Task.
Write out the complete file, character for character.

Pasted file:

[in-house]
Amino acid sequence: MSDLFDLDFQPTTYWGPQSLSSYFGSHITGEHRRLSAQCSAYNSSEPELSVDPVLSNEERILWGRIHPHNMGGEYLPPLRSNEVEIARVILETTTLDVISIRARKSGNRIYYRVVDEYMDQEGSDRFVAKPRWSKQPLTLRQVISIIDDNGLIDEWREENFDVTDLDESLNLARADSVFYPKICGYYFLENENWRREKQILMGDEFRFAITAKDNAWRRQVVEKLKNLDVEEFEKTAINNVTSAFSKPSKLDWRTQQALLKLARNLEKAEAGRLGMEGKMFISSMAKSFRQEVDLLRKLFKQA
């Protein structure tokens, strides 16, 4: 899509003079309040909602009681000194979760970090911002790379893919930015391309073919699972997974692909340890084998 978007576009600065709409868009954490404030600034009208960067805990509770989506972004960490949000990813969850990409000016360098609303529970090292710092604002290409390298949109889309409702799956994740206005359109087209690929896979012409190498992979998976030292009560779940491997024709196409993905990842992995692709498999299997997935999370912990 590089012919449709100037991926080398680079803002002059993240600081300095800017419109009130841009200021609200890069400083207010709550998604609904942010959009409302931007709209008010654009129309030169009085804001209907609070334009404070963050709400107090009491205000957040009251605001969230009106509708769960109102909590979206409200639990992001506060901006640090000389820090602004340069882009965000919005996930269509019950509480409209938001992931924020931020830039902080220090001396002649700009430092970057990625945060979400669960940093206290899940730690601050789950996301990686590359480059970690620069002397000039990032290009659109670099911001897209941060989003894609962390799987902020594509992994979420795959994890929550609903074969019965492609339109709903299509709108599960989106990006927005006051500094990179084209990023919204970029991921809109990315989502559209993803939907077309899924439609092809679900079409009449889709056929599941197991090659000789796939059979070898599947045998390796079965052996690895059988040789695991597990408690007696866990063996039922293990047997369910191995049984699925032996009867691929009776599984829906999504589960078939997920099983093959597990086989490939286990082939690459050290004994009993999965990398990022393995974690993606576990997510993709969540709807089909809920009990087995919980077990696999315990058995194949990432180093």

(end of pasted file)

[in-house]
Amino acid sequence: MSDLFDLDFQPTTYWGPQSLSSYFGSHITGEHRRLSAQCSAYNSSEPELSVDPVLSNEERILWGRIHPHNMGGEYLPPLRSNEVEIARVILETTTLDVISIRARKSGNRIYYRVVDEYMDQEGSDRFVAKPRWSKQPLTLRQVISIIDDNGLIDEWREENFDVTDLDESLNLARADSVFYPKICGYYFLENENWRREKQILMGDEFRFAITAKDNAWRRQVVEKLKNLDVEEFEKTAINNVTSAFSKPSKLDWRTQQALLKLARNLEKAEAGRLGMEGKMFISSMAKSFRQEVDLLRKLFKQA
């Protein structure tokens, strides 16, 4: 899509003079309040909602009681000194979760970090911002790379893919930015391309073919699972997974692909340890084998 978007576009600065709409868009954490404030600034009208960067805990509770989506972004960490949000990813969850990409000016360098609303529970090292710092604002290409390298949109889309409702799956994740206005359109087209690929896979012409190498992979998976030292009560779940491997024709196409993905990842992995692709498999299997997935999370912990 590089012919449709100037991926080398680079803002002059993240600081300095800017419109009130841009200021609200890069400083207010709550998604609904942010959009409302931007709209008010654009129309030169009085804001209907609070334009404070963050709400107090009491205000957040009251605001969230009106509708769960109102909590979206409200639990992001506060901006640090000389820090602004340069882009965000919005996930269509019950509480409209938001992931924020931020830039902080220090001396002649700009430092970057990625945060979400669960940093206290899940730690601050789950996301990686590359480059970690620069002397000039990032290009659109670099911001897209941060989003894609962390799987902020594509992994979420795959994890929550609903074969019965492609339109709903299509709108599960989106990006927005006051500094990179084209990023919204970029991921809109990315989502559209993803939907077309899924439609092809679900079409009449889709056929599941197991090659000789796939059979070898599947045998390796079965052996690895059988040789695991597990408690007696866990063996039922293990047997369910191995049984699925032996009867691929009776599984829906999504589960078939997920099983093959597990086989490939286990082939690459050290004994009993999965990398990022393995974690993606576990997510993709969540709807089909809920009990087995919980077990696999315990058995194949990432180093």